Coronavirus Is Making The Case For Black Reparations Clearer Than Ever

tags: racism, African American history, reparations, COVID-19

William A. Darity Jr. is the Samuel DuBois Cook Professor of Public Policy, African and African American Studies and Economics at Duke University. A. Kirsten Mullen, the founder of Artefactual, is a folklorist, museum consultant and lecturer whose work focuses on race, art, history and politics. Their book, From Here to Equality: Reparations for Black Americans in the Twenty-First Century, is newly available from the University of North Carolina Press.

The COVID-19 crisis only heightens the urgency of black reparations. Long overdue, they are now more essential than ever.

Mounting statistics confirm disturbing evidence of racial disparities in reported coronavirus deaths. In Wisconsin, perhaps the state with the most extreme ratio of black morbidity, black people represent 6 percent of the population and 40 percent of the deaths. Those African American deaths have occurred at a rate 700 percent higher than black people's share of the state's population. In our home state of North Carolina, black people account for 22 percent of the population but close to 40 percent of the deaths.

So what explains these disproportionately large numbers of black people dying of the coronavirus?

Black people are overrepresented in jobs designated as socially essential but paying low wages in transportation, food and health services, as well as child and elder care. These are jobs where the physical distancing now needed for health safety is not possible. Consequently, African Americans are reduced to a Hobson's choice: either having a greater risk of outright job loss or continuing employment in unsafe occupations. Horrifying as these deprivations are, they are not new. They are just the latest example of how racism and discrimination play out in America.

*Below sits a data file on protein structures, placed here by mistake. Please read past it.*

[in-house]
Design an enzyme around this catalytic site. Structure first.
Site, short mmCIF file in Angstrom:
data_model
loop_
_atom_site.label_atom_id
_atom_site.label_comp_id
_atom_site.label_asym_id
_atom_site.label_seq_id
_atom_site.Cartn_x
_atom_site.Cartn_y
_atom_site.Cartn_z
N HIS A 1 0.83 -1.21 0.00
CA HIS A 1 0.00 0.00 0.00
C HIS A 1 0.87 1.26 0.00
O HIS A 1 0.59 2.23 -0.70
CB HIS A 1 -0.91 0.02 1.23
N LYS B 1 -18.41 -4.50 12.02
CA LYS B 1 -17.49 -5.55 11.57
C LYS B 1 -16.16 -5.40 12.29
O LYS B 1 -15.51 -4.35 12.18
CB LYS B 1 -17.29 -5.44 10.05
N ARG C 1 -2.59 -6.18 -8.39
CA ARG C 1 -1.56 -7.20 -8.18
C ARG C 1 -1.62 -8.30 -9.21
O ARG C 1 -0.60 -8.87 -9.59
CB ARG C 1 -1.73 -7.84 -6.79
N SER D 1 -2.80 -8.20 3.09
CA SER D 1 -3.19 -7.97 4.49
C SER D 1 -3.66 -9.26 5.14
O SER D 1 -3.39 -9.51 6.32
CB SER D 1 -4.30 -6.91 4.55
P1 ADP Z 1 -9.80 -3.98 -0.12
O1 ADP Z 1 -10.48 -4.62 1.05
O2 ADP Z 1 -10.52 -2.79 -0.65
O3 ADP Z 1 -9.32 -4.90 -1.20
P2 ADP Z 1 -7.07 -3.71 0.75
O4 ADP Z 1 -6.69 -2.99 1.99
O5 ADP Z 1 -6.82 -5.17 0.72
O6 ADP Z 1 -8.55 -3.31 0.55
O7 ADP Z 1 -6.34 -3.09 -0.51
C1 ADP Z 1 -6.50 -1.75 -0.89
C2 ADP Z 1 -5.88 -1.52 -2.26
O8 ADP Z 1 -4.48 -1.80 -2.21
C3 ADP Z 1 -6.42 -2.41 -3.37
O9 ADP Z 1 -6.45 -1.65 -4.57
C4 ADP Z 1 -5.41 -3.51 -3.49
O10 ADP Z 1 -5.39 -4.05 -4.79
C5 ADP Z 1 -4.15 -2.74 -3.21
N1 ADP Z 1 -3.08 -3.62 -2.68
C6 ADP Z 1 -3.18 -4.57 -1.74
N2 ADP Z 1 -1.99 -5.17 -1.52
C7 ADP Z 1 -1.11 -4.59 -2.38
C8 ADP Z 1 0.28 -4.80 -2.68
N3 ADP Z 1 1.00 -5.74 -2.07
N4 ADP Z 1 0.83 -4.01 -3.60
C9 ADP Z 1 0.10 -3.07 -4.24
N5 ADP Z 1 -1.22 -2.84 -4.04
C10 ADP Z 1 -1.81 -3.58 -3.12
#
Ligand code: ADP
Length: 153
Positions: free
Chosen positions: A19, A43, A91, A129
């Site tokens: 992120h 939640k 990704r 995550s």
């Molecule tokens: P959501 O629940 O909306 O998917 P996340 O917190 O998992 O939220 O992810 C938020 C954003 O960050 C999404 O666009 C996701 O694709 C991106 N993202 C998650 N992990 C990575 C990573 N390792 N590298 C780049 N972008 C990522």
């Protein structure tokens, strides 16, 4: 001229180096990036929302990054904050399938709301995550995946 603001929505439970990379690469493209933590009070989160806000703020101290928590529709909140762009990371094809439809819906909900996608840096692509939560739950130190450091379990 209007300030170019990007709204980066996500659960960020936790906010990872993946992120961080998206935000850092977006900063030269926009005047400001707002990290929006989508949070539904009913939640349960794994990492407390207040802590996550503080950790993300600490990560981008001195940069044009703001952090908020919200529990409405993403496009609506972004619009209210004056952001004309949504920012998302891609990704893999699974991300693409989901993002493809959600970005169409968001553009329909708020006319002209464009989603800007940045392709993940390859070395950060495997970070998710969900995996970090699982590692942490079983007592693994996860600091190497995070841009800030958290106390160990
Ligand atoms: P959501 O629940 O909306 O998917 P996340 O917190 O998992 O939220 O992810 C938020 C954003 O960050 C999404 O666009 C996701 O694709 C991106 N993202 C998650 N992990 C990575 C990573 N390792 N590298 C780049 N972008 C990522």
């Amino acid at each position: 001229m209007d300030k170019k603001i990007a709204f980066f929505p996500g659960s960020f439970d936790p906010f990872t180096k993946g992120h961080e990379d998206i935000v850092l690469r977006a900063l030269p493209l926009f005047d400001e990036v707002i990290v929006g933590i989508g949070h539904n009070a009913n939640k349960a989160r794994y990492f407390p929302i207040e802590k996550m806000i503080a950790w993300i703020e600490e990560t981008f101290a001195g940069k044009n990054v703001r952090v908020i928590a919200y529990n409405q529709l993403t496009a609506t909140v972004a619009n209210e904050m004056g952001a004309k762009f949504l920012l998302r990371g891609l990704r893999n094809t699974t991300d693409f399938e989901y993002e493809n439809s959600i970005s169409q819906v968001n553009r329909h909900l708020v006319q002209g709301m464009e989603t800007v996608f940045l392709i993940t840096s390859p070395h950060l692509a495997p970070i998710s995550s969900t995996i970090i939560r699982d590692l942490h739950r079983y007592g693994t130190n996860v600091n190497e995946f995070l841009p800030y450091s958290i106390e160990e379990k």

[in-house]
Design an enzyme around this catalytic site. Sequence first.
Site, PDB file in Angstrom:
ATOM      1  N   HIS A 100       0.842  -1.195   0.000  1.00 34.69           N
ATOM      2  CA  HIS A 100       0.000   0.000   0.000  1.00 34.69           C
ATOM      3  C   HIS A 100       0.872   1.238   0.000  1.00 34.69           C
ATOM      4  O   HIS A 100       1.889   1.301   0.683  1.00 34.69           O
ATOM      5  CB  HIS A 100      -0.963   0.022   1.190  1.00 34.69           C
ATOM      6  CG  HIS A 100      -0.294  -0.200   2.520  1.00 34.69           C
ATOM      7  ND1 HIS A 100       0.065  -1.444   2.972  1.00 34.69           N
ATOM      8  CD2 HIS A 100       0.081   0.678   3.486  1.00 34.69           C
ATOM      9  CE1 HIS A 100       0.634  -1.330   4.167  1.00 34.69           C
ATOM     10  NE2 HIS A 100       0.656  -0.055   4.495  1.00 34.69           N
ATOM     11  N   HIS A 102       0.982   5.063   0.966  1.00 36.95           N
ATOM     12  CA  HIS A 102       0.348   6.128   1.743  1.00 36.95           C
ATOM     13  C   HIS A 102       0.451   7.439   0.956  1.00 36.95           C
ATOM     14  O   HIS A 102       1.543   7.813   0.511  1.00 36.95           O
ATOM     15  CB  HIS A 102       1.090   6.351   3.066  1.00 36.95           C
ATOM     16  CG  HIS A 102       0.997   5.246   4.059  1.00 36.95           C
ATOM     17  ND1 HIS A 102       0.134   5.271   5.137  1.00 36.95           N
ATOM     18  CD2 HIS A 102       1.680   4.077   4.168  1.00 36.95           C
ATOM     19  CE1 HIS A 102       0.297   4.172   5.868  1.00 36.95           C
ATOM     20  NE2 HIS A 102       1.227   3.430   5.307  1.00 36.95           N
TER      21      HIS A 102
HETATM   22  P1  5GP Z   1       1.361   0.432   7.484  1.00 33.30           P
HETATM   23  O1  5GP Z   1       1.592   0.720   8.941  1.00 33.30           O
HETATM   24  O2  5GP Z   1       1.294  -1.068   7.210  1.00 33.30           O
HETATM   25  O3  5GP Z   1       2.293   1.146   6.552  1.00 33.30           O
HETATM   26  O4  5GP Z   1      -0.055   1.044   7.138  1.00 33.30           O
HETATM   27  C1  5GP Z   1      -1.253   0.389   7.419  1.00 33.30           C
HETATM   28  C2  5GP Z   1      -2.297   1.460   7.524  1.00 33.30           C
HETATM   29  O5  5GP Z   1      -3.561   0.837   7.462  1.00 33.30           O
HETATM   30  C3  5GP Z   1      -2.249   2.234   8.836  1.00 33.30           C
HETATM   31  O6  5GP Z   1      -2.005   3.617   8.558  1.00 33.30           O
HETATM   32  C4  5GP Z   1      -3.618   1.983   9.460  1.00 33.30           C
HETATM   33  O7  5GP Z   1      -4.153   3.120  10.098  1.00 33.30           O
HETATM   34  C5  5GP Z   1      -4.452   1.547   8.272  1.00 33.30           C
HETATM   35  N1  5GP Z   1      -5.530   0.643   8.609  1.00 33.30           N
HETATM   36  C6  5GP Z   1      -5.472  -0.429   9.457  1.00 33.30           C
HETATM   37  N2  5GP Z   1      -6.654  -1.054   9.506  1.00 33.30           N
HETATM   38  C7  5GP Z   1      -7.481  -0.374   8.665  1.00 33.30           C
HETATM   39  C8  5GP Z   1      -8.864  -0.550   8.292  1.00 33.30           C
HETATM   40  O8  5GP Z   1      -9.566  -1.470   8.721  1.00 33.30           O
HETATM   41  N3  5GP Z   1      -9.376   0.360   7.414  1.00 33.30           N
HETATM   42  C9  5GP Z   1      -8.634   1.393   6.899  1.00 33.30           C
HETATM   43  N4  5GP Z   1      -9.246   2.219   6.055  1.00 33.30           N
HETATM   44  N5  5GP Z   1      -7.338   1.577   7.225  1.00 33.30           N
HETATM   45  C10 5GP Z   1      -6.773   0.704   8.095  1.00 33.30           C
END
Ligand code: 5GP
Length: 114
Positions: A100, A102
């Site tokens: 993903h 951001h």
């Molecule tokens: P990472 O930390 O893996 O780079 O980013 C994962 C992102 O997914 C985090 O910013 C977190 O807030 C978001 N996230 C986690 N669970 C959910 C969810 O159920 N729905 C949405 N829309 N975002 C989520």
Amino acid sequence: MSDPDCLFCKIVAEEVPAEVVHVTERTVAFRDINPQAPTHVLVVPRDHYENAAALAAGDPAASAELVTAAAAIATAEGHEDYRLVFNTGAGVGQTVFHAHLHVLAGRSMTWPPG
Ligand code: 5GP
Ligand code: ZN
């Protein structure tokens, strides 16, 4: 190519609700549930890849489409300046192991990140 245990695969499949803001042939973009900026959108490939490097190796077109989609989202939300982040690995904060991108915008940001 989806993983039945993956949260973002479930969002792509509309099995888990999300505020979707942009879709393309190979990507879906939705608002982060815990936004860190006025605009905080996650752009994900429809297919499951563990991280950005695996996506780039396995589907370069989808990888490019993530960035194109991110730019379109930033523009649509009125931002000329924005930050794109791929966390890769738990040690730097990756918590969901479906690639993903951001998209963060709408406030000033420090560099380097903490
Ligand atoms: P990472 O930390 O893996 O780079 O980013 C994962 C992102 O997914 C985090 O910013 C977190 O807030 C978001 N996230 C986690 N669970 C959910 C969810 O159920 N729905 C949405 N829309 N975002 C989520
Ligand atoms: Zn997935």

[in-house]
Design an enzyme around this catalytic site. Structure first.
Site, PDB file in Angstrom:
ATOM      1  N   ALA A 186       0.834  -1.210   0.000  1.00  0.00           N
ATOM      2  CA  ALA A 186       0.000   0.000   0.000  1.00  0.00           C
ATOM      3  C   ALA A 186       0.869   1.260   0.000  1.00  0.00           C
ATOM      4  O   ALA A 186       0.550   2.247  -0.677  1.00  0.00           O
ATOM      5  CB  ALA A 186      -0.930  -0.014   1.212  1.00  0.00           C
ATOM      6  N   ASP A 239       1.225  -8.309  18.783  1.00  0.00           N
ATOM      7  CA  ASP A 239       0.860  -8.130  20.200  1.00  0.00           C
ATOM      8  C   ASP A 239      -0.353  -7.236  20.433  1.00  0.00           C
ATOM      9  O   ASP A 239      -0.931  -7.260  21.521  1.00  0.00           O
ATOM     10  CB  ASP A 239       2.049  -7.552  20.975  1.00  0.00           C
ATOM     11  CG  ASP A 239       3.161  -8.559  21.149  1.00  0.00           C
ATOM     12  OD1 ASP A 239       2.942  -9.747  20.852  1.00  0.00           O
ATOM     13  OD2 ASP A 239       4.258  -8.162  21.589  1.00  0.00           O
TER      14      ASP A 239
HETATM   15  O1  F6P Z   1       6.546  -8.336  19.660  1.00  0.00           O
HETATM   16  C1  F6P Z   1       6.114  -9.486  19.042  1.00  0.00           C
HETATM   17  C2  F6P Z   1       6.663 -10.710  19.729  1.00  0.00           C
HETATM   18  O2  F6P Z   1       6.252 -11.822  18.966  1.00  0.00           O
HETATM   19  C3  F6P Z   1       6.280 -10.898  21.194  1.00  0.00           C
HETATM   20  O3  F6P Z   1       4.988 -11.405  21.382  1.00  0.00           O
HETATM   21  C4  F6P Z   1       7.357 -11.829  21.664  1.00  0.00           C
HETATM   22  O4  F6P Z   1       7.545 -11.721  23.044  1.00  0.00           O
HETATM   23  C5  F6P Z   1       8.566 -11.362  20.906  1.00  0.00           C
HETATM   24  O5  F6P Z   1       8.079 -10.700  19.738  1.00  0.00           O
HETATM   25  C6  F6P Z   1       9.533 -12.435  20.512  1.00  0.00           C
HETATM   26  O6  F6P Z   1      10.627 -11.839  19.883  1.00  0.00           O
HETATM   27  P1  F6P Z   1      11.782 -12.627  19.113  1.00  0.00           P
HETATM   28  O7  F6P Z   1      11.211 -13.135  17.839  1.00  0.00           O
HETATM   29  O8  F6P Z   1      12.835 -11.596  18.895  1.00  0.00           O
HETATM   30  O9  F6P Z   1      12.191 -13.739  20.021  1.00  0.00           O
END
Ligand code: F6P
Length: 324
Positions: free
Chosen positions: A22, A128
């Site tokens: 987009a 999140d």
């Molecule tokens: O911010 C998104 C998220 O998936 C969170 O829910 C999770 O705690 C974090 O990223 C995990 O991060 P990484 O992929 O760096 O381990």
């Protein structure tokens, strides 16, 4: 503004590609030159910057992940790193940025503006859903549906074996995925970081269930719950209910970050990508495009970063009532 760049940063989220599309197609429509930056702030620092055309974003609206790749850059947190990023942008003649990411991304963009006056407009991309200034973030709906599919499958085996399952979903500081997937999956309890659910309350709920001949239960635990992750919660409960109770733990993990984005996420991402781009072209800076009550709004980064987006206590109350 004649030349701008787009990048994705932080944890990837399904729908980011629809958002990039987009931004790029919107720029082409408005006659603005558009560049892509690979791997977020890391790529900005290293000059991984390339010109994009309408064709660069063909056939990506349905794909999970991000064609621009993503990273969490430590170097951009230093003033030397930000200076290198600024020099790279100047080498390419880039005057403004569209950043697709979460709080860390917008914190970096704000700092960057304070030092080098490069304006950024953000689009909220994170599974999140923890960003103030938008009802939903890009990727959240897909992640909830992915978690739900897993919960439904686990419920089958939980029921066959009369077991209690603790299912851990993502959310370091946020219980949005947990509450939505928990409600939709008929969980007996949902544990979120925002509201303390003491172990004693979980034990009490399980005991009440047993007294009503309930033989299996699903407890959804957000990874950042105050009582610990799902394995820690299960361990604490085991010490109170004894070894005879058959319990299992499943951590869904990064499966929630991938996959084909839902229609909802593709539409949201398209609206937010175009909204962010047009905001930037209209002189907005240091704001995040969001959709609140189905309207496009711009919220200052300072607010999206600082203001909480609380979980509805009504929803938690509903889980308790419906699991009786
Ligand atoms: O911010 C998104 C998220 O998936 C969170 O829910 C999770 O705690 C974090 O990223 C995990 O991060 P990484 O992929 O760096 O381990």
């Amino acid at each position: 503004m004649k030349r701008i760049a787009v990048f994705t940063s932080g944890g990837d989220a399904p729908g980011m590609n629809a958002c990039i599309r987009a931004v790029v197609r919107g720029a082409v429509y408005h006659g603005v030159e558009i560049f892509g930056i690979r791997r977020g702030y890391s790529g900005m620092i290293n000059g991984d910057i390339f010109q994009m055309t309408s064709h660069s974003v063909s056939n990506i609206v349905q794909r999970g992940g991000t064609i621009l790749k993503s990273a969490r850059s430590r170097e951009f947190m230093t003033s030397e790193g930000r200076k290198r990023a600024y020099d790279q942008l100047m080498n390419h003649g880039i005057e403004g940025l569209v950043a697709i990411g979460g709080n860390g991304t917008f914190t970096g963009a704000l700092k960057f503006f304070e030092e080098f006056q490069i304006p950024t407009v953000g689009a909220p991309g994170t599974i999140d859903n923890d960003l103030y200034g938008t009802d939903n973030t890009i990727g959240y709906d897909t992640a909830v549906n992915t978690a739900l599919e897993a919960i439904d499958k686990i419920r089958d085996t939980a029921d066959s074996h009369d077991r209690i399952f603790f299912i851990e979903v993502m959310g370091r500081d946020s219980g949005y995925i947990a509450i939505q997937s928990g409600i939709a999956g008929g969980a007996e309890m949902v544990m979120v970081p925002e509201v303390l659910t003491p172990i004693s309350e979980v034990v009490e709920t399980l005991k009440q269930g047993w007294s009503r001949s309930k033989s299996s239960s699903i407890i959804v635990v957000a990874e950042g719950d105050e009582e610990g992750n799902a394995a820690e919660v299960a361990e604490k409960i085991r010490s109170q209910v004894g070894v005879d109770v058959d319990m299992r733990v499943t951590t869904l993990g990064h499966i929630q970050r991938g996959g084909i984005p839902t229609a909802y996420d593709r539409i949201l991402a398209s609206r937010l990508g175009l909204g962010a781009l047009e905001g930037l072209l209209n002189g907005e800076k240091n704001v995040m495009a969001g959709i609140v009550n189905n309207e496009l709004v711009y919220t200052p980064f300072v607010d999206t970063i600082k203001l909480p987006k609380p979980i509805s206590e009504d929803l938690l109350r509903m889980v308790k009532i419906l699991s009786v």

There have been numerous historic moments when America could have eliminated racial inequality and granted blacks access to the same opportunities as whites. When the nascent republic was formed in 1776, it could have embraced black people as full citizens. At the end of the Civil War, when newly emancipated African Americans were promised 40-acre land grants, the country could have reversed many of the economic effects of enslavement. Black enfranchisement could have been protected during the Reconstruction era, and anti-lynching laws could have been passed, reversing the trajectory of racial injustice. The New Deal and the GI Bill, had they been administered equitably, could have given African Americans the kind of financial cushion so desperately needed now. And when, nearly 60 years ago, civil rights legislation was passed, the legislation was weakly enforced, and with it the nation lost another chance to become a true democracy.


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